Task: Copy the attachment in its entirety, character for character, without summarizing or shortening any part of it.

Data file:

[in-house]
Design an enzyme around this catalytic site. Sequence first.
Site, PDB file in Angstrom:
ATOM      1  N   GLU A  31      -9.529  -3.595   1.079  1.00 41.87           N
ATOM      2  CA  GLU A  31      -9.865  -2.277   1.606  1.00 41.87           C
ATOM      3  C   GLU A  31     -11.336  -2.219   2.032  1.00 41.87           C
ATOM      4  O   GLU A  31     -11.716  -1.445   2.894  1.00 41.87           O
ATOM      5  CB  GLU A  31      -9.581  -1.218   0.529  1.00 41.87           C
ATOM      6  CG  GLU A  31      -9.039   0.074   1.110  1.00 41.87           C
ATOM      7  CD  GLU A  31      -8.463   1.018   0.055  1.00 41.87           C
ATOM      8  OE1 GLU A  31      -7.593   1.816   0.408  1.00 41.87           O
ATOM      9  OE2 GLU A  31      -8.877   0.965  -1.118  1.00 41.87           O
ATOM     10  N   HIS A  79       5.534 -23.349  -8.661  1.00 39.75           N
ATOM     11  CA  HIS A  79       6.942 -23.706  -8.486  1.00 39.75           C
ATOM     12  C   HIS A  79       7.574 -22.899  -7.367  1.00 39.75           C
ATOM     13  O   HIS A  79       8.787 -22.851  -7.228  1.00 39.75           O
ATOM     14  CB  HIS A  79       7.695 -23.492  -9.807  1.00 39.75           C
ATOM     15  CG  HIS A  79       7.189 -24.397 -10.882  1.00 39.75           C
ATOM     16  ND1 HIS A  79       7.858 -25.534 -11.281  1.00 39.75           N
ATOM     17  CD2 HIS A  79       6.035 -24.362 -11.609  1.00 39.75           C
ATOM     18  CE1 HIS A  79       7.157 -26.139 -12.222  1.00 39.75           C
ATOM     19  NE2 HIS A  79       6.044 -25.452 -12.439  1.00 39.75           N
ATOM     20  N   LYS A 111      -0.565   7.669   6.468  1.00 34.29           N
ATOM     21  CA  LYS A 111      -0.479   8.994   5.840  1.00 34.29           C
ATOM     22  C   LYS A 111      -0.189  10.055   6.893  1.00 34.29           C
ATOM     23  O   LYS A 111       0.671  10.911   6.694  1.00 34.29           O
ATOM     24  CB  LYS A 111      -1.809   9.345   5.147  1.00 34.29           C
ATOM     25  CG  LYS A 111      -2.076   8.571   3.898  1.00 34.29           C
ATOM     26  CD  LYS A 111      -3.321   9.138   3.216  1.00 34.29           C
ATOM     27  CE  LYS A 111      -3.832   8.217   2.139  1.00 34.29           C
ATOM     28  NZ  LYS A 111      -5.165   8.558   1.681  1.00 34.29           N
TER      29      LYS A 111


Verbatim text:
[in-house]
Design an enzyme around this catalytic site. Sequence first.
Site, PDB file in Angstrom:
ATOM      1  N   GLU A  31      -9.529  -3.595   1.079  1.00 41.87           N
ATOM      2  CA  GLU A  31      -9.865  -2.277   1.606  1.00 41.87           C
ATOM      3  C   GLU A  31     -11.336  -2.219   2.032  1.00 41.87           C
ATOM      4  O   GLU A  31     -11.716  -1.445   2.894  1.00 41.87           O
ATOM      5  CB  GLU A  31      -9.581  -1.218   0.529  1.00 41.87           C
ATOM      6  CG  GLU A  31      -9.039   0.074   1.110  1.00 41.87           C
ATOM      7  CD  GLU A  31      -8.463   1.018   0.055  1.00 41.87           C
ATOM      8  OE1 GLU A  31      -7.593   1.816   0.408  1.00 41.87           O
ATOM      9  OE2 GLU A  31      -8.877   0.965  -1.118  1.00 41.87           O
ATOM     10  N   HIS A  79       5.534 -23.349  -8.661  1.00 39.75           N
ATOM     11  CA  HIS A  79       6.942 -23.706  -8.486  1.00 39.75           C
ATOM     12  C   HIS A  79       7.574 -22.899  -7.367  1.00 39.75           C
ATOM     13  O   HIS A  79       8.787 -22.851  -7.228  1.00 39.75           O
ATOM     14  CB  HIS A  79       7.695 -23.492  -9.807  1.00 39.75           C
ATOM     15  CG  HIS A  79       7.189 -24.397 -10.882  1.00 39.75           C
ATOM     16  ND1 HIS A  79       7.858 -25.534 -11.281  1.00 39.75           N
ATOM     17  CD2 HIS A  79       6.035 -24.362 -11.609  1.00 39.75           C
ATOM     18  CE1 HIS A  79       7.157 -26.139 -12.222  1.00 39.75           C
ATOM     19  NE2 HIS A  79       6.044 -25.452 -12.439  1.00 39.75           N
ATOM     20  N   LYS A 111      -0.565   7.669   6.468  1.00 34.29           N
ATOM     21  CA  LYS A 111      -0.479   8.994   5.840  1.00 34.29           C
ATOM     22  C   LYS A 111      -0.189  10.055   6.893  1.00 34.29           C
ATOM     23  O   LYS A 111       0.671  10.911   6.694  1.00 34.29           O
ATOM     24  CB  LYS A 111      -1.809   9.345   5.147  1.00 34.29           C
ATOM     25  CG  LYS A 111      -2.076   8.571   3.898  1.00 34.29           C
ATOM     26  CD  LYS A 111      -3.321   9.138   3.216  1.00 34.29           C
ATOM     27  CE  LYS A 111      -3.832   8.217   2.139  1.00 34.29           C
ATOM     28  NZ  LYS A 111      -5.165   8.558   1.681  1.00 34.29           N
TER      29      LYS A 111